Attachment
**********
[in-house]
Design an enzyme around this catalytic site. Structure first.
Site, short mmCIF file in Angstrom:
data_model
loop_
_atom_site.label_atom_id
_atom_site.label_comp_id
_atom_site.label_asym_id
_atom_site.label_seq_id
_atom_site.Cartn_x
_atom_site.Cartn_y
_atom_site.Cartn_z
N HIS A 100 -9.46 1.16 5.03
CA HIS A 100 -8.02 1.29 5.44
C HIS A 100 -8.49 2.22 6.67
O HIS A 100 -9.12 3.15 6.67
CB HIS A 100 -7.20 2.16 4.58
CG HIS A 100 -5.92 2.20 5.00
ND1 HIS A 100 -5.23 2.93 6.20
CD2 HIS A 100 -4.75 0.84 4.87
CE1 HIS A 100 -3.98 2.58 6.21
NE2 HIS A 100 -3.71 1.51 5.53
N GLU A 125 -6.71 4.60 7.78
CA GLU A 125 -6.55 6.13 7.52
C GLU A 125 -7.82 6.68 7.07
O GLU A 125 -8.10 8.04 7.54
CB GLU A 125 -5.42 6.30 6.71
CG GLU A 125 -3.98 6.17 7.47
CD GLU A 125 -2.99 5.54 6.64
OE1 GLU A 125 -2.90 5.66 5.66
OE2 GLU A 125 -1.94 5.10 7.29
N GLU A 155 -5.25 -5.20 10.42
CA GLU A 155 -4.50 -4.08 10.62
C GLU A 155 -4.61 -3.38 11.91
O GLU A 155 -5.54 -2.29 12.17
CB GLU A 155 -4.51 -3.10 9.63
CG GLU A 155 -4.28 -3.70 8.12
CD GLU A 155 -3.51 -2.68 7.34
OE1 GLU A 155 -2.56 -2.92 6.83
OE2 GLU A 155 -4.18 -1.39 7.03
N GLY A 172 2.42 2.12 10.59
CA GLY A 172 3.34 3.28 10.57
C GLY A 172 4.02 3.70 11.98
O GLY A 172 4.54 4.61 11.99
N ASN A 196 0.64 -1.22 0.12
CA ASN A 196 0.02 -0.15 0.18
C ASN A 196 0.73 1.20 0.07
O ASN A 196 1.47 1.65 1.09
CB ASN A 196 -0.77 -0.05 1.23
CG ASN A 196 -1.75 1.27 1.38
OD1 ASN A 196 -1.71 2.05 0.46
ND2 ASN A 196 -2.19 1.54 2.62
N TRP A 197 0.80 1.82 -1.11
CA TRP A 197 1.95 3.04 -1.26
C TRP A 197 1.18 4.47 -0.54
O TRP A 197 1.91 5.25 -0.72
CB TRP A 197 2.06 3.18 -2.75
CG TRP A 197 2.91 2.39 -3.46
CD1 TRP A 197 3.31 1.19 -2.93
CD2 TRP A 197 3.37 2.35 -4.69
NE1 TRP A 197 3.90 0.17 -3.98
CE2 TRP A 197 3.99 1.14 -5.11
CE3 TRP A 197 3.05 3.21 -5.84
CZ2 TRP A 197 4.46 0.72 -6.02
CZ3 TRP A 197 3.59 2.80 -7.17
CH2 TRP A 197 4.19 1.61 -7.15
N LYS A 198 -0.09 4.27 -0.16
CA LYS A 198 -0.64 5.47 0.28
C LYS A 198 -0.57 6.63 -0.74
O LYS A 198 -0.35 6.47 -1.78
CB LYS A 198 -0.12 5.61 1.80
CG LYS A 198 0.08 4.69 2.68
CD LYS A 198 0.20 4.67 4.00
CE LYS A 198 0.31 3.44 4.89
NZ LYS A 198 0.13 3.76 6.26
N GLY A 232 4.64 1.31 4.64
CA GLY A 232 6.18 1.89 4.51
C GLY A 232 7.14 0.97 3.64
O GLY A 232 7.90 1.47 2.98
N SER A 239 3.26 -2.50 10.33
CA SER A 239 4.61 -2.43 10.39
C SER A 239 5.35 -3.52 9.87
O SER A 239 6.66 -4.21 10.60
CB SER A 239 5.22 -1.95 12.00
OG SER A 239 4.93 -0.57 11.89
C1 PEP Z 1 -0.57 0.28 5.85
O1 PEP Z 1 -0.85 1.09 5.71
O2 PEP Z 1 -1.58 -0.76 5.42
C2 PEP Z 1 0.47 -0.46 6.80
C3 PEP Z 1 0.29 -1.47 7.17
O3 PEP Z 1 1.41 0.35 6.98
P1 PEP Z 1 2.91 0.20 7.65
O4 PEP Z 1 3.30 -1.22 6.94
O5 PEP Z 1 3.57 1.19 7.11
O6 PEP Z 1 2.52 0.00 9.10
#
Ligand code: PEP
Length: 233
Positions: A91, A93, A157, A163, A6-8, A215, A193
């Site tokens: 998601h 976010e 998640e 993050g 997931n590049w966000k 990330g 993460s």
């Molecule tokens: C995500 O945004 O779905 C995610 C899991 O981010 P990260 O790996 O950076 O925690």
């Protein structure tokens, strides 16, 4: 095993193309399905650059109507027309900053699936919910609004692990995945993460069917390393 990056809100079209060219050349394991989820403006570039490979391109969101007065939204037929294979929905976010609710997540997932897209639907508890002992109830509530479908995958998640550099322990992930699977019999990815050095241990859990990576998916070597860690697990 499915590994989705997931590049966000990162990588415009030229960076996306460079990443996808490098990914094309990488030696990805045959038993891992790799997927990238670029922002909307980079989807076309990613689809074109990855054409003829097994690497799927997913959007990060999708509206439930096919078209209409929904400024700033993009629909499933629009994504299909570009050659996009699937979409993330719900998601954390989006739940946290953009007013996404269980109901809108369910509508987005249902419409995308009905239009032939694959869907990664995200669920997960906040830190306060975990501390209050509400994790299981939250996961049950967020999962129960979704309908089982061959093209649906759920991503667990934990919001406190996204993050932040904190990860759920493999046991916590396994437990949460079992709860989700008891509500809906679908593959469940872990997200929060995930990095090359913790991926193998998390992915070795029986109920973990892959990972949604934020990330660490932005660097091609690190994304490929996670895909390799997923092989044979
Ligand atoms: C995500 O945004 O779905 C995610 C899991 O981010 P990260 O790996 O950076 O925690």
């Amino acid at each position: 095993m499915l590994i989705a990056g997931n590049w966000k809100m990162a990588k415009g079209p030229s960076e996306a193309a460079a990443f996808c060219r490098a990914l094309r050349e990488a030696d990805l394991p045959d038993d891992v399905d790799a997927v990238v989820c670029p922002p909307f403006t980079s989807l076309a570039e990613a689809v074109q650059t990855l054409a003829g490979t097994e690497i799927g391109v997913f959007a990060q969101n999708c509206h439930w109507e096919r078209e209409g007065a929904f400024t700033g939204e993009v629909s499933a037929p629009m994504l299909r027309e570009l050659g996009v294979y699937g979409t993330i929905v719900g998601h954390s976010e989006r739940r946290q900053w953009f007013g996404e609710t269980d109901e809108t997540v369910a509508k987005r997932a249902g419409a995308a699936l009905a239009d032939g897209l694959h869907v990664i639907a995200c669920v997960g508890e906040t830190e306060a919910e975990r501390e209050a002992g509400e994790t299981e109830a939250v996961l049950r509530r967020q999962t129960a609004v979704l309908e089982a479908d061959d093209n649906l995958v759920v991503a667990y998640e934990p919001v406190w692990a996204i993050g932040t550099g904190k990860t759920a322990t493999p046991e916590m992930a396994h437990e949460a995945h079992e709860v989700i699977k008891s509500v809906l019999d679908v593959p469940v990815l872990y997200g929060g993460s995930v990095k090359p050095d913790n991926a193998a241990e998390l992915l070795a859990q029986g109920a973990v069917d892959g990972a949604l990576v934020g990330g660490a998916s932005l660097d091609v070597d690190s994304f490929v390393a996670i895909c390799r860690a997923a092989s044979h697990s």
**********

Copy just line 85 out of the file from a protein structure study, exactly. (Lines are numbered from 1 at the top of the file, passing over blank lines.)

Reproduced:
OG SER A 239 4.93 -0.57 11.89